Beyond bringing hope and enthusiasm to a college football program, recruiting rankings can be a fair gauge of what fans can expect on the field in terms of wins and losses in the coming seasons. Not all high-profile recruits pan out, and not all 3-star talents are accurately scouted, but somewhere in the middle there is a best guestimate of which college football programs will have success in the future based on National Signing Day. The rankings also give us a chance to see which programs fell below lofty expectations.
With the early signing period and the time in between, the 130 FBS programs were left limited options entering Wednesday. There were only 12 players ranked as a 4-star or better uncommitted before National Signing Day and only 15 that were committed but had not signed yet. There was only one flip among the 4-star group — defensive tackle Rayshaun Benny changed from Michigan State to Michigan. The Wolverines also flipped 3-star Texas defensive tackle Ikechukwu Iwunnah from Colorado. No team doubled up on top players making that dramatic leap fans are accustomed to on NSD.
Note: Class rankings referenced are according to the 247Sports Composite.
From the early signing period to National Signing Day, the Crimson Tide went wire-to-wire. The haul per the recruiting stars is one of the best ever: seven 5-stars, 15 4-stars, and four 3-stars. Within the numbers, 15 of the players are among the top five at their position. The Crimson Tide closed strong adding yet another 4-star on Wednesday, safety Terrion Arnold from John Paul II in Tallahassee, Florida.
The Trojans took perhaps the most significant jump in the rankings among the elite programs between December and now, going from 13th all the way up to No. 8. A few months ago, USC had 12 4-stars and eight 3-stars committed. The tally has been bumped up to 22, including the No. 1 overall recruit in the nation, Centennial (Corona, Calif.) defensive end Korey Foreman. Clay Helton's class (one 5-star, 14 4-stars, seven 3-stars) is loaded with athleticism.
One doesn’t have to be on the phone call with a recruit to know the enthusiasm for the program is translating through conversations with the Tigers' coaching staff. In head coach Barry Odom’s last cycle (2019), Missouri was ranked 37th nationally. It has not taken current head coach Eli Drinkwitz very long to put his stamp on the program's recruiting efforts. After inking the 51st-ranked class (one 4-star, 16 3-stars) last year, Drinkwitz just put the finishing touches on a top-30 crop (currently 28th per 247Sports) that includes two 4-star signees and 21 high-end 3-star talents.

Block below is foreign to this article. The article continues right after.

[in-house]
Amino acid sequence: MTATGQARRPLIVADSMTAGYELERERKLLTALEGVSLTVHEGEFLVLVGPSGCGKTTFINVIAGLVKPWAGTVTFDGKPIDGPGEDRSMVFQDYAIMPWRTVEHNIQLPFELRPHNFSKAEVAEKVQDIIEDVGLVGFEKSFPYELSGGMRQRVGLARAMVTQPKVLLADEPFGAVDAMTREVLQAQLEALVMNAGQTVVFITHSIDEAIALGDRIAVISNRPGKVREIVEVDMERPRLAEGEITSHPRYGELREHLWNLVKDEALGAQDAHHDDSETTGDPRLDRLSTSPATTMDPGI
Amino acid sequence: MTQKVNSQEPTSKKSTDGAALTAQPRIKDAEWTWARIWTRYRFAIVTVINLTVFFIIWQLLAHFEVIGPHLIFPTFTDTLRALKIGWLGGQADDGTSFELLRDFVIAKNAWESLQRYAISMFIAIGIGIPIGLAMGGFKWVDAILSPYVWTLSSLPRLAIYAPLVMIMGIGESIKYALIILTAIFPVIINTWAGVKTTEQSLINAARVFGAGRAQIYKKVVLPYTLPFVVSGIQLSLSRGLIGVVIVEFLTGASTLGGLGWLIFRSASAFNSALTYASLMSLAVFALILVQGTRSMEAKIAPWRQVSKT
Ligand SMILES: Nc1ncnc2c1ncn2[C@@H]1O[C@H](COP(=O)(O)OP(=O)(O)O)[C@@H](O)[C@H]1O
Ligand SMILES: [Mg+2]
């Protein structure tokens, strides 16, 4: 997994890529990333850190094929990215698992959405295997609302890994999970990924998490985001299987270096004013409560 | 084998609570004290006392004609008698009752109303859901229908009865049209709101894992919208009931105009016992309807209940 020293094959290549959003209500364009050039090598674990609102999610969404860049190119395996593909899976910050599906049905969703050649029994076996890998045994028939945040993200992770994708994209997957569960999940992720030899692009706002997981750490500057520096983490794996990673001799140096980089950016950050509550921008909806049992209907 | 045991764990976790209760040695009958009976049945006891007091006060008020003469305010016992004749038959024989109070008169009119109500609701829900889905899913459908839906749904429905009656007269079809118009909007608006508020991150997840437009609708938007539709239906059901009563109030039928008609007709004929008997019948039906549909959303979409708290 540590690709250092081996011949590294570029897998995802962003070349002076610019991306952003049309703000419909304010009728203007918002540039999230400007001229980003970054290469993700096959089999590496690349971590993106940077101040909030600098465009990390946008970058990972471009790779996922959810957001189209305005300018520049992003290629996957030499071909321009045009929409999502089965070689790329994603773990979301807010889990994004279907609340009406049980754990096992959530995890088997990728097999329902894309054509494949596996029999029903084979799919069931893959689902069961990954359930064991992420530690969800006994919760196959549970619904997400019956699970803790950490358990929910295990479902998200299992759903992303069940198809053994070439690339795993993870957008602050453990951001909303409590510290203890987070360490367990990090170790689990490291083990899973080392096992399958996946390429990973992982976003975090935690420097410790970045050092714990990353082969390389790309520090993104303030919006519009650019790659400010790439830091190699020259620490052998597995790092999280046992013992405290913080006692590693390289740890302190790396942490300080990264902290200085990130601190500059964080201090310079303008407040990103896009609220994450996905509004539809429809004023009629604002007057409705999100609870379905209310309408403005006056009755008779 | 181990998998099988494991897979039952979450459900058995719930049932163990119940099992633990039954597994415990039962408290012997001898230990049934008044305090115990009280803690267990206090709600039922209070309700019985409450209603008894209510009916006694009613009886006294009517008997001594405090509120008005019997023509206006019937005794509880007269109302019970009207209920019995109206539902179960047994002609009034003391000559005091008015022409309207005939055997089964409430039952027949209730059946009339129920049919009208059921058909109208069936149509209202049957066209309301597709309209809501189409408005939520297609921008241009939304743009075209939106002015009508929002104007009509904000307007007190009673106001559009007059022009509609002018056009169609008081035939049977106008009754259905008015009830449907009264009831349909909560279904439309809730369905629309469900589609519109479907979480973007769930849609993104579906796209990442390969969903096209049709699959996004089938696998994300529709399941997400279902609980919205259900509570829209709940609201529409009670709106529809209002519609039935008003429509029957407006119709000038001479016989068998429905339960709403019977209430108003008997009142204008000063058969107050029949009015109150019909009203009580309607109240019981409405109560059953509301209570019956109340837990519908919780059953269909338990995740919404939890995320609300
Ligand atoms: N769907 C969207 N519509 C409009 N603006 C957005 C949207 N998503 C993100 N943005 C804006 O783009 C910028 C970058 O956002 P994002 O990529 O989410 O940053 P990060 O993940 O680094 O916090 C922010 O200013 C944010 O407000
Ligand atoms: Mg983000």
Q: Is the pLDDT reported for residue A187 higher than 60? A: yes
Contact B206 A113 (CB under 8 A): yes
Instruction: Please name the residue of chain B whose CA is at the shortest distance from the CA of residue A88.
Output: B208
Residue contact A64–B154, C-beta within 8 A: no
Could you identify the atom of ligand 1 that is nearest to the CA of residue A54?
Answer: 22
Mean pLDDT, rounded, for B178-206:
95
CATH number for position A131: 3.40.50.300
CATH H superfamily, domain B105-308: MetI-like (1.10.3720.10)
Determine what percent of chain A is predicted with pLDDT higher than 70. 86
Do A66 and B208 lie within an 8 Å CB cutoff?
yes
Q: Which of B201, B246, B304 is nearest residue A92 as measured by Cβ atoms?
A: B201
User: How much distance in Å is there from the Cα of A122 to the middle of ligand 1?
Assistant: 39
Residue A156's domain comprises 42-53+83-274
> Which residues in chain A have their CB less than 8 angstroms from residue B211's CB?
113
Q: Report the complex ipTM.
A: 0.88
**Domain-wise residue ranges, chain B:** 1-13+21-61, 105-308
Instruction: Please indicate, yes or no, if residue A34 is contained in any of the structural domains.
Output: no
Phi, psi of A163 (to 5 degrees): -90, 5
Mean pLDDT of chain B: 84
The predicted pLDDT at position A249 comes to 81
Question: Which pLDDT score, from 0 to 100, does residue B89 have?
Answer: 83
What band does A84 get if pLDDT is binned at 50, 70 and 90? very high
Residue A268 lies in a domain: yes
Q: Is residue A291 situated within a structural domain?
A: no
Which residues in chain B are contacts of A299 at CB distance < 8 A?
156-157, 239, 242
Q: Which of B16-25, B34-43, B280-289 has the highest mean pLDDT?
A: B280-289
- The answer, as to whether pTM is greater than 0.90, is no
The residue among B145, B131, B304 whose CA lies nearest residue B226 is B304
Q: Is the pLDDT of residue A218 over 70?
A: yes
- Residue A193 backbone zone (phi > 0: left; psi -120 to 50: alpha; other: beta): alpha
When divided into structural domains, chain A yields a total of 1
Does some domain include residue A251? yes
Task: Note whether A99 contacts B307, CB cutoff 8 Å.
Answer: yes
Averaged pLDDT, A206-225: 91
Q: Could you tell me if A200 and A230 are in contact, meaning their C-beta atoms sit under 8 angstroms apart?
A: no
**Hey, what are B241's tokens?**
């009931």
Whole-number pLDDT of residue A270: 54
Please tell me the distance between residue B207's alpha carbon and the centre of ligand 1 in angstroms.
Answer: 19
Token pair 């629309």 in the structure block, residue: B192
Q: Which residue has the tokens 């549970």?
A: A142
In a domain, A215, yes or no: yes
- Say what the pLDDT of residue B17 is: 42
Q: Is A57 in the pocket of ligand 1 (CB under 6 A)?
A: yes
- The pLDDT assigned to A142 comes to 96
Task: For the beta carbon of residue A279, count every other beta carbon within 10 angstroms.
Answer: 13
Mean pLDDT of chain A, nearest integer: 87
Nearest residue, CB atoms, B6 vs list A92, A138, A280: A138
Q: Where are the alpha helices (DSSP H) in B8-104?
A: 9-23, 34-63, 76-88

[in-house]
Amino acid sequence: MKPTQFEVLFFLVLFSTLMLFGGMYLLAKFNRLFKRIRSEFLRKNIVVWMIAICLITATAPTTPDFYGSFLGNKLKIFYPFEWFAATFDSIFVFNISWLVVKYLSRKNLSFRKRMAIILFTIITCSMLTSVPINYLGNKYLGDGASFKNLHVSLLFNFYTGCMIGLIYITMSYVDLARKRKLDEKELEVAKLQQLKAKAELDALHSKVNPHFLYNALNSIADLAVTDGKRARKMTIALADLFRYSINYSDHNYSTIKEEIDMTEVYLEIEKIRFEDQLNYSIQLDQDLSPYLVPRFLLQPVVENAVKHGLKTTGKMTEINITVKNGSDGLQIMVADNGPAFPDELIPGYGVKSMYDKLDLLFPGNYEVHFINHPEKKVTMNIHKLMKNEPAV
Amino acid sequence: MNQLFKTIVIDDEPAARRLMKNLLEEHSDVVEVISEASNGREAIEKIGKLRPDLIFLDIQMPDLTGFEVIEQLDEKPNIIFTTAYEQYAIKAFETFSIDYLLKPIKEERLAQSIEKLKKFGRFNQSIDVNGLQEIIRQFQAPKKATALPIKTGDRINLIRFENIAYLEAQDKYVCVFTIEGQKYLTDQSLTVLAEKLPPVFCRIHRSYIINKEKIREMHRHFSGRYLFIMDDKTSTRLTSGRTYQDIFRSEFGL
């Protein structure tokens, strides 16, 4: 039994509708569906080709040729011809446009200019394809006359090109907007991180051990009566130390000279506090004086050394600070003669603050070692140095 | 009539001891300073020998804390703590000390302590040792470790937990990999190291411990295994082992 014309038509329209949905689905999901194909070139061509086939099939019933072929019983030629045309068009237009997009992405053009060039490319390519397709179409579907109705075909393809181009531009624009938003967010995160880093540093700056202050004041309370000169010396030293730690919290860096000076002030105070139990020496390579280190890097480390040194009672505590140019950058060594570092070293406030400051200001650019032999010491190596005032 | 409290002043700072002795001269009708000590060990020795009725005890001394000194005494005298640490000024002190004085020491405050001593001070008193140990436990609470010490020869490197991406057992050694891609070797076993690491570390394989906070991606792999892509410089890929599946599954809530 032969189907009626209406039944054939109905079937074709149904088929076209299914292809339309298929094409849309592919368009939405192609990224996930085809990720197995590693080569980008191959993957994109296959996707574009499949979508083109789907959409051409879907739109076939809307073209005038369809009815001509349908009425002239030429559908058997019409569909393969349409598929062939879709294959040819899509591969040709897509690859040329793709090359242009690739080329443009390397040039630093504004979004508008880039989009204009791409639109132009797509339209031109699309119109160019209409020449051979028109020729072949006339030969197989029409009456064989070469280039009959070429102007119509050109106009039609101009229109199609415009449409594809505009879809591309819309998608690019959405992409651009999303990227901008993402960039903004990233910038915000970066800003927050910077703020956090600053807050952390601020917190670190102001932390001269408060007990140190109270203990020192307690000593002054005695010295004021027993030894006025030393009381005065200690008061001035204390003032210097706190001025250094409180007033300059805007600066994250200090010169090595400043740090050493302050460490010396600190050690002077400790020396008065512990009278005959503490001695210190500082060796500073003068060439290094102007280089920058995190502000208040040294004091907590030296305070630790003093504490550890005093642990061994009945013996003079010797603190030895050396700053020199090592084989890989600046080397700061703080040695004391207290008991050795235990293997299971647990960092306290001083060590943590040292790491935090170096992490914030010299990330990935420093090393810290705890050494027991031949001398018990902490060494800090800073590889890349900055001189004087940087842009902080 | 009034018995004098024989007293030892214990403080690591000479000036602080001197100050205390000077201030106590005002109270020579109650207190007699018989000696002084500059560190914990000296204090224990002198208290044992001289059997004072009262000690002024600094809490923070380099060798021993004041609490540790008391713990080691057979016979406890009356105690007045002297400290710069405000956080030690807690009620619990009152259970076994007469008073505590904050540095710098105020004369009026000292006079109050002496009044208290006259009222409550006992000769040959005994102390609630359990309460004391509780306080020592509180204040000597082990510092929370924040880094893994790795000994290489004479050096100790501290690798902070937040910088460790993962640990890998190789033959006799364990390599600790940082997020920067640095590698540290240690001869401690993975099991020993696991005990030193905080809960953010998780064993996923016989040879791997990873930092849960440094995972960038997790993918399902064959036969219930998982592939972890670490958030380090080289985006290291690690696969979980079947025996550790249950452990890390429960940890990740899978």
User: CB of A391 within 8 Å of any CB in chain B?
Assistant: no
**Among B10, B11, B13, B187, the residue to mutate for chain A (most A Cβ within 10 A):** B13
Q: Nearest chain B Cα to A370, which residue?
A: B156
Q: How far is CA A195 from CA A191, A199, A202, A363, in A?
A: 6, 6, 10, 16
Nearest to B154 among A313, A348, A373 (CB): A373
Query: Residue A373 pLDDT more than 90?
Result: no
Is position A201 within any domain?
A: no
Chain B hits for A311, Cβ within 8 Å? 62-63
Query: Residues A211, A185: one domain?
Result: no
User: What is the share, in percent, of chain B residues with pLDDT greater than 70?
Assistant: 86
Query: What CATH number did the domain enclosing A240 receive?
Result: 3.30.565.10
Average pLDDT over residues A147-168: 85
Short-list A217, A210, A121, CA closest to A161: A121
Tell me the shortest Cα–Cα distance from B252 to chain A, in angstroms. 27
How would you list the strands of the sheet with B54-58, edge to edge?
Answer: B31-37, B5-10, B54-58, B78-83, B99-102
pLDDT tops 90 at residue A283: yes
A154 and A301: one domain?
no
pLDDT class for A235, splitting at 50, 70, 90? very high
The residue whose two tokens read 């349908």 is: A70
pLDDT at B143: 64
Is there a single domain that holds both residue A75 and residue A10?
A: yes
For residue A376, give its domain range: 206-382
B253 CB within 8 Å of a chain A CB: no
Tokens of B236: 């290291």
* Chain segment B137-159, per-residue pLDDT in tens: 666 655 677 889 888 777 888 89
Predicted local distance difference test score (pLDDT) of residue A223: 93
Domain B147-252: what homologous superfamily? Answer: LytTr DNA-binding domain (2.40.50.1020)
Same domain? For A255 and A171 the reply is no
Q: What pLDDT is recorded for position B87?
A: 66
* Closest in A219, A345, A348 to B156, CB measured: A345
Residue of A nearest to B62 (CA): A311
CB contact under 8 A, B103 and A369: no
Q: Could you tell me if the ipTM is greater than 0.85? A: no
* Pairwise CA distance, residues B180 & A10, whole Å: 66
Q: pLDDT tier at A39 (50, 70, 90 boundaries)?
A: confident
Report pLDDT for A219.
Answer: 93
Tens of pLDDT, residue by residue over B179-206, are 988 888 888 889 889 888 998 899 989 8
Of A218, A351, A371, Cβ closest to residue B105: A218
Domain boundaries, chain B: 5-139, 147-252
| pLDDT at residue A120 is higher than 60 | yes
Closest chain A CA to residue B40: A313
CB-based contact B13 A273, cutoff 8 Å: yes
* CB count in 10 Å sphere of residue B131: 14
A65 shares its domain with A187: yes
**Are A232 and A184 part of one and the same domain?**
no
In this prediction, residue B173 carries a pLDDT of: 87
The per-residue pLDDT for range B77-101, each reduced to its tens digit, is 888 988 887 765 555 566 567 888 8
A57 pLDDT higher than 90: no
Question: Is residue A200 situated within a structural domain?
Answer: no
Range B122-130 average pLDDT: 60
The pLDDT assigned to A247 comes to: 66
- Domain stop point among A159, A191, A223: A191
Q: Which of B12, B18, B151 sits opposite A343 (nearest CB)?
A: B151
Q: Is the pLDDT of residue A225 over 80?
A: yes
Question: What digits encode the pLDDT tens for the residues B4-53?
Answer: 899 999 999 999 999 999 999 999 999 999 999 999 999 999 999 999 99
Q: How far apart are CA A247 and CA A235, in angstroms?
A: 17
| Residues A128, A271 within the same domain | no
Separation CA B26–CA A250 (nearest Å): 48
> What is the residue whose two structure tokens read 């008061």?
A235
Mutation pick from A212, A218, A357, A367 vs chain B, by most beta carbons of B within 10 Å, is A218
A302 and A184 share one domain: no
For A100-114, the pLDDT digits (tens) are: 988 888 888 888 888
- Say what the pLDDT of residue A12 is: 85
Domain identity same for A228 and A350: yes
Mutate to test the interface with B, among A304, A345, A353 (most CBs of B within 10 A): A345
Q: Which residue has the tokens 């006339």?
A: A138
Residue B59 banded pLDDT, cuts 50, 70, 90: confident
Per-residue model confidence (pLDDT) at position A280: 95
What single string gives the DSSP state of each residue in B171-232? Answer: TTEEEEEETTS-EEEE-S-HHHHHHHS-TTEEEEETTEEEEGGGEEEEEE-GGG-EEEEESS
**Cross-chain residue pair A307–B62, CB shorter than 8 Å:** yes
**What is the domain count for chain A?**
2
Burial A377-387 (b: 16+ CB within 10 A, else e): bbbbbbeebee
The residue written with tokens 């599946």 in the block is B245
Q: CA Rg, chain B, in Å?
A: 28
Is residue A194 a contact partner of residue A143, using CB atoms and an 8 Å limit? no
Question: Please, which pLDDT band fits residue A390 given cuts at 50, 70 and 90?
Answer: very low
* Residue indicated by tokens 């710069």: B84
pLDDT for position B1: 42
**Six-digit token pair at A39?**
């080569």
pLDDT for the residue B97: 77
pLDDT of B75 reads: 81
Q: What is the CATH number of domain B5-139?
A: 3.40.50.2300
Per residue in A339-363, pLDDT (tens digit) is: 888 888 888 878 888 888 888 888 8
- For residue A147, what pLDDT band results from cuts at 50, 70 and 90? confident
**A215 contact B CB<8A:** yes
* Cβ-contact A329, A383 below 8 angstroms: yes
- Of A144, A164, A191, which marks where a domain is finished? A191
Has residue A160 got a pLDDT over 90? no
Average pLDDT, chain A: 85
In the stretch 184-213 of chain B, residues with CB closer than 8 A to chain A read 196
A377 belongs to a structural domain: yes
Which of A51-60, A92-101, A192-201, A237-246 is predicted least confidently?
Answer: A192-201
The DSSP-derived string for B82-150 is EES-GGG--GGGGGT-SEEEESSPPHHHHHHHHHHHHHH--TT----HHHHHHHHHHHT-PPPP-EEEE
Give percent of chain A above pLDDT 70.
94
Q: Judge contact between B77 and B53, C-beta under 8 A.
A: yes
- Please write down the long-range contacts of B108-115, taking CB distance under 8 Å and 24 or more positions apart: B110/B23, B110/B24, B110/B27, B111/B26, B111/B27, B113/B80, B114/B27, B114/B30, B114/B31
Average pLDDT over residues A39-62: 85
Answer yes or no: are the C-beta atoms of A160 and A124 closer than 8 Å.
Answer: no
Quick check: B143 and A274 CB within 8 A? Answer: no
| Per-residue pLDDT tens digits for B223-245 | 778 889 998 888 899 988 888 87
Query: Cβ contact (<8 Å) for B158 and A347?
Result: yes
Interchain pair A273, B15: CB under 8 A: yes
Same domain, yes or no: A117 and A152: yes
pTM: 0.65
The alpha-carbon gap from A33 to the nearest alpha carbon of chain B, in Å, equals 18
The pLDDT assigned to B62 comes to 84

With Deion Sanders now running the show at Jackson State, players are answering the phone. The FCS program out of the Southwestern Athletic Conference (SWAC) is outperforming many solid Group of 5 teams, as well as Power 5 member Oregon State (only signed 10 players). Furthermore, the Tigers' class does not count all the top transfers heading to Jackson. Sanders' first recruiting class has 16 commits — including three 4-stars (one of them being his son, quarterback Shedeur Sanders) and seven 3-stars — but he also has landed transfers from USC, Mississippi State, Florida State, South Carolina, Missouri, and Auburn. That’s an additional eight former 3-star and three former 4-star recruits joining the roster.
With transition on the sidelines from Gus Muschamp to former Oklahoma assistant Shane Beamer, the Gamecocks plummeted in the recruiting rankings, dropping below the top 100 during the early signing period. There was a bit of a rebound, with South Carolina currently sitting 77th overall, but that still places the Gamecocks ahead of only Oregon State (No. 108) among Power 5 programs. Consider that last year, South Carolina's class ranked 19th overall.
The Wildcats can thank the football gods for Oregon State and South Carolina, as Arizona (76th) is just one notch ahead of the Gamecocks, for now. A new head coach can spell trouble with recruiting, and former New England Patriots quarterbacks coach Jedd Fisch has been playing catch up since he signed his contract. His NFL ties have not helped to this point, as Arizona was ranked 65th in December has since fallen.
Upon completing a 6-2 (6-1 Big Ten) campaign with a midseason ranking of No. 9 in the AP poll, one would think the Hoosiers staff could capitalize on the momentum and add some highly sought-after players. As is, Indiana has a solid class of 14 players (two 4-stars, 11 3-stars), but seeing them ranked 54th after all the work head coach Tom Allen has put into transforming the program is both surprising as well as a little disappointing.
— Written by Ryan Wright, who is part of the Athlon Contributor Network and an established media professional with more than two decades' worth of experience and is a member of the FWAA. Over the years, Wright has written for numerous sites and publications and has his own recruiting site, www.recruitingnewsguru.com. Follow him on Twitter @RyanWrightRNG.